optional sint32 f_sint32 = 5;
    optional sint64 f_sint64 = 6;
    optional bool f_bool = 7;
    optional FooEnum f_FooEnum = 8;
    optional fixed64 f_fixed64 = 9;
    optional sfixed64 f_sfixed64 = 10;
    optional fixed32 f_fixed32 = 11;
    optional sfixed32 f_sfixed32 = 12;
    optional double f_double = 13;
    optional float f_float = 14;
    optional bytes f_bytes = 15;
    optional string f_string = 16;
    optional FooMessage f_self_message = 17;
    optional BarMessage f_bar_message = 18;
    repeated int32 f_repeated_int32 = 19;
    repeated int32 f_repeated_packed_int32 = 20 [ packed = true ];
}

Generated structs

#[derive(Debug, PartialEq, Eq, Clone, Copy)]
pub enum FooEnum {
    FIRST_VALUE = 1,
    SECOND_VALUE = 2,
}

#[derive(Debug, Default, PartialEq, Clone)]
pub struct BarMessage {                                 // all fields are owned: no lifetime parameter
    pub b_required_int32: i32,
}

#[derive(Debug, Default, PartialEq, Clone)]
pub struct FooMessage<'a> {                             // has borrowed fields: lifetime parameter
    pub f_int32: Option<i32>,
    pub f_int64: Option<i64>,
    pub f_uint32: Option<u32>,
    pub f_uint64: Option<u64>,
    pub f_sint32: Option<i32>,
    pub f_sint64: Option<i64>,
    pub f_bool: Option<bool>,
    pub f_FooEnum: Option<FooEnum>,
    pub f_fixed64: Option<u64>,
    pub f_sfixed64: Option<i64>,
    pub f_fixed32: Option<u32>,
    pub f_sfixed32: Option<i32>,
    pub f_double: Option<f64>,
    pub f_float: Option<f32>,
    pub f_bytes: Option<Cow<'a, [u8]>>,                 // bytes  -> Cow<[u8]>
    pub f_string: Option<Cow<'a, str>>                  // string -> Cow<str>
    pub f_self_message: Option<Box<FooMessage<'a>>>,    // reference cycle -> Boxed message
    pub f_bar_message: Option<BarMessage>,
    pub f_repeated_int32: Vec<i32>,                     // repeated: Vec
    pub f_repeated_packed_int32: Vec<i32>,              // repeated packed: Vec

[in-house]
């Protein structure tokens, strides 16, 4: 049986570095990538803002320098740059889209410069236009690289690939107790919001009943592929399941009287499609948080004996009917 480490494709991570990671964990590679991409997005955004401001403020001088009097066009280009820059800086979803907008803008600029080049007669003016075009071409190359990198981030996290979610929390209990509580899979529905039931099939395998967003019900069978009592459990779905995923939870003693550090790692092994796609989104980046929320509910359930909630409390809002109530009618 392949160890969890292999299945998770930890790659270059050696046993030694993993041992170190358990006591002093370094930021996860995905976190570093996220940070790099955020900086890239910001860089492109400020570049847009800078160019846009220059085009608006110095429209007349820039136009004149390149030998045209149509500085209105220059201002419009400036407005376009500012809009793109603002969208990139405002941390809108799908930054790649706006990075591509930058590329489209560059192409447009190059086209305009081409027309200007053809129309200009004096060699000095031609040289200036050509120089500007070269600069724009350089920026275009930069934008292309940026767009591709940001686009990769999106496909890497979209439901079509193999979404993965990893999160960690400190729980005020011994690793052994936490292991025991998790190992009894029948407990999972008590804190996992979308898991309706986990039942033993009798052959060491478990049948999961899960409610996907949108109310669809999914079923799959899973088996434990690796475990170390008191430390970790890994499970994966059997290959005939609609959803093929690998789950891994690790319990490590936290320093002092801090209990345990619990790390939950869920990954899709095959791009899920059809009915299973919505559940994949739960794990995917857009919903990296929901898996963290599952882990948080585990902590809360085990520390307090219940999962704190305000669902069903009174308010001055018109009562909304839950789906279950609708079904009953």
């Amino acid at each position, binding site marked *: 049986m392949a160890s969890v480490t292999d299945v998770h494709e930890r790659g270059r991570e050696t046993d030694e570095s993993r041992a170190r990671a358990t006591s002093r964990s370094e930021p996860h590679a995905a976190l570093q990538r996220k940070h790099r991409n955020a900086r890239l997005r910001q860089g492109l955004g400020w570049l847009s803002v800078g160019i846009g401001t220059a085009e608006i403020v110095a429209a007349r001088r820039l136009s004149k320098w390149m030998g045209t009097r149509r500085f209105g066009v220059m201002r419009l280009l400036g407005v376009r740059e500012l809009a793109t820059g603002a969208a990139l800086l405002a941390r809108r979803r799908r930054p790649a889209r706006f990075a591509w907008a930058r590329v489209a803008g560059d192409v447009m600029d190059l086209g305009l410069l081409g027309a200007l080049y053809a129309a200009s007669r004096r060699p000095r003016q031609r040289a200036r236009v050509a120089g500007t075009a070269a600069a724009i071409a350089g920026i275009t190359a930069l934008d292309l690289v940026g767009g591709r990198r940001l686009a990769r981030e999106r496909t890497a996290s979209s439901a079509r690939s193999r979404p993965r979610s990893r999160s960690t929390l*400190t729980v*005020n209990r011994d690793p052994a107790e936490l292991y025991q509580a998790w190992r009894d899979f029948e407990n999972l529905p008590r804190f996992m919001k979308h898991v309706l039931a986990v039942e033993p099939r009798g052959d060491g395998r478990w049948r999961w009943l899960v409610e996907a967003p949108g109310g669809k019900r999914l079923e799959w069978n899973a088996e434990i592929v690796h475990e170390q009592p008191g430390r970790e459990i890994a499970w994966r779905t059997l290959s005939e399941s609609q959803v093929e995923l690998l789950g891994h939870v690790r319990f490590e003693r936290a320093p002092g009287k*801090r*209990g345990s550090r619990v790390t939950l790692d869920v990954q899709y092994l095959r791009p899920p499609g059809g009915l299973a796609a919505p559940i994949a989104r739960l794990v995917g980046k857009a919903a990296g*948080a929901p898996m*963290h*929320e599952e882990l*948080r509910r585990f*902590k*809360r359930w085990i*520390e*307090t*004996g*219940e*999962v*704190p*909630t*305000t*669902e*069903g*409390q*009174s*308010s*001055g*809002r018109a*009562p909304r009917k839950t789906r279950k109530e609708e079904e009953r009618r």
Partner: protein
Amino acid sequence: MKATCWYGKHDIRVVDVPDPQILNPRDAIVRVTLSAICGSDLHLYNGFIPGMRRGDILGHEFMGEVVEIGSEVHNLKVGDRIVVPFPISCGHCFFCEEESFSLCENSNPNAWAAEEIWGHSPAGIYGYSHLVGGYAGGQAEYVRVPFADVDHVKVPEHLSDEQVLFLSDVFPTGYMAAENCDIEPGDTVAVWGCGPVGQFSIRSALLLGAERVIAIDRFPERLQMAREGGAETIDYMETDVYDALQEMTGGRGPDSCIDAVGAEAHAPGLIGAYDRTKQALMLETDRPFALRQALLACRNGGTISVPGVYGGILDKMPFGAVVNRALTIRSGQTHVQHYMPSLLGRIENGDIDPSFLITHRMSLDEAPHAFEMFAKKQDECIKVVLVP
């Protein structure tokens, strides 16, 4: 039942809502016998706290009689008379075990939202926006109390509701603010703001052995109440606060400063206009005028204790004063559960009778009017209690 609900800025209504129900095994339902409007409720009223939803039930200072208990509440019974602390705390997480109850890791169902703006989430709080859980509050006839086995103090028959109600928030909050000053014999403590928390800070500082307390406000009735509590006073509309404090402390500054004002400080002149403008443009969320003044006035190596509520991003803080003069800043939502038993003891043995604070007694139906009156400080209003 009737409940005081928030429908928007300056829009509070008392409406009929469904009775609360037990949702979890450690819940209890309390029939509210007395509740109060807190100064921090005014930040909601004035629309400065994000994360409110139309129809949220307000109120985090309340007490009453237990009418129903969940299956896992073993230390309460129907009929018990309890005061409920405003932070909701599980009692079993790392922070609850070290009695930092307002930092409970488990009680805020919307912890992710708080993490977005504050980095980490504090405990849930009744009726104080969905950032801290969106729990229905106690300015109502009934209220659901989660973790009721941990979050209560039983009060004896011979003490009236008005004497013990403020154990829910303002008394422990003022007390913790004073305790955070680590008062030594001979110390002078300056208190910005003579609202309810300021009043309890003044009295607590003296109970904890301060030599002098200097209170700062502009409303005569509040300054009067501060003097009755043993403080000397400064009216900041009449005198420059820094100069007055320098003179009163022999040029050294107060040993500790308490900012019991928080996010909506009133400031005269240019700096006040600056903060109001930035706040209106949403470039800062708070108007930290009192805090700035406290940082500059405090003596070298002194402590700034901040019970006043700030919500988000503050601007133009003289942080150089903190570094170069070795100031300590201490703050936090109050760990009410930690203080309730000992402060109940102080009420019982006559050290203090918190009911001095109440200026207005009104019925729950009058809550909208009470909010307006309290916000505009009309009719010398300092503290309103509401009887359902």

}

Leverage rust module system

Nested Messages

message A {
    message B {
        // ...
    }
}

As rust does not allow a struct and a module to share the same name, we use mod_Name for the nested messages.

pub struct A {
    //...
}

pub mod mod_A {
    pub struct B {
        // ...
    }
}

Package

package a.b;

Here we could have used the same name, but for consistency with nested messages, modules are prefixed with mod_ as well.

pub mod mod_a {
    pub mod mod_b {
        // ...
    }
}

Why not rust-protobuf

This library is an alternative to the widely used rust-protobuf.

Pros / Cons

  • Pros

    • Much faster, in particular when working with string, bytes and repeated packed fixed size fields (no extra allocation)
    • No need to install protoc on your machine
    • No trait objects: faster/simpler parser
    • Very simple generated modules (~10x smaller) so you can easily understand what is happening
  • Cons

    • Less popular
      • most rust-protobuf tests have been migrated here (see v2 and v3)
      • quick-protobuf is being used by many people now and is very reliable
      • some missing functionalities
    • Not a drop-in replacement of rust-protobuf
      • everything being explicit you have to handle more things yourself (e.g. Option unwrapping, Cow management)

Contribution

Any help is welcomed! (Pull requests of course, bug report, missing functionality etc...)

Licence

MIT

Dependencies